Protests Erupt in China After Urumqi Fire

Editor’s Note: Given the political content of this article, the Editorial Board has agreed to publish this article anonymously. We feel that the content of the piece and its relevance justifies its publication, and by virtue of the uniquely extenuating circumstances described in the piece, have decided to protect the writer’s identity.

This past Thanksgiving week has been overwhelming, tough, anxious, but also hopeful for me as an international student from China. I made hot pot with my friends on Thanksgiving night, but when I woke up the following day, everything seemed to have drastically changed.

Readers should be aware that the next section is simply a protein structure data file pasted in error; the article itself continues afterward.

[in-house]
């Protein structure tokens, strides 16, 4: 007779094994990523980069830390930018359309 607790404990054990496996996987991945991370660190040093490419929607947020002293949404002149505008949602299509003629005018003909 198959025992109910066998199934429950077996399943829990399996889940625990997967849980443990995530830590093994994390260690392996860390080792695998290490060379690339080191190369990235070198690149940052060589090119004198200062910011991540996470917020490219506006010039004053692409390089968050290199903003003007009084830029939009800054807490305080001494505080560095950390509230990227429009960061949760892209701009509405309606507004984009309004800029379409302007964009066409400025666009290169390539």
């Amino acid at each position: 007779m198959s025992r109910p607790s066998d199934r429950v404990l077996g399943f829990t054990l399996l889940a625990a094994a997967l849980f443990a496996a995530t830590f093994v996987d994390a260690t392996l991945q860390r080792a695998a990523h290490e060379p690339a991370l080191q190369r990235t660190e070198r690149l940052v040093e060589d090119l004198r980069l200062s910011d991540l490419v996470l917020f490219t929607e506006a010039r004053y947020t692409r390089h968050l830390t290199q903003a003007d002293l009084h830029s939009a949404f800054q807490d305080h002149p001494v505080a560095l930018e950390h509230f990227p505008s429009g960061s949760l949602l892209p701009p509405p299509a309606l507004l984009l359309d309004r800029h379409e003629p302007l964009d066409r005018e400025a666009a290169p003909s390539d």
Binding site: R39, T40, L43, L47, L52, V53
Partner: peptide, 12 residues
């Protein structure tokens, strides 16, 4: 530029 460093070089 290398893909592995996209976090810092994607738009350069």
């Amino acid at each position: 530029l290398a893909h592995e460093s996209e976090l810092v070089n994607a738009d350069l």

My WeChat friend circle was bombarded with news of a fire causing at least 10 deaths, with nine injured, in Urumqi, Xinjiang. I had never seen so many of my Chinese peers, students both studying abroad and within China’s educational system, uniting and speaking up for the people in Xinjiang. Some shared articles alleging that some of those injured or killed could have escaped the fire were they not locked inside their rooms due to COVID-19 quarantine measures imposed by the Chinese government. Videos of the site conditions were shared, showing that fire trucks couldn’t access the building. Users commented that the building was obstructed by parked cars, which couldn’t be moved because residents in parts of Xinjiang had been quarantined for over 100 days and their car batteries were dead from disuse. This further aroused suspicion that lockdown measures had impeded the rescue process. Seeing social media full of pictures of flames, I resonate with the rage of my people.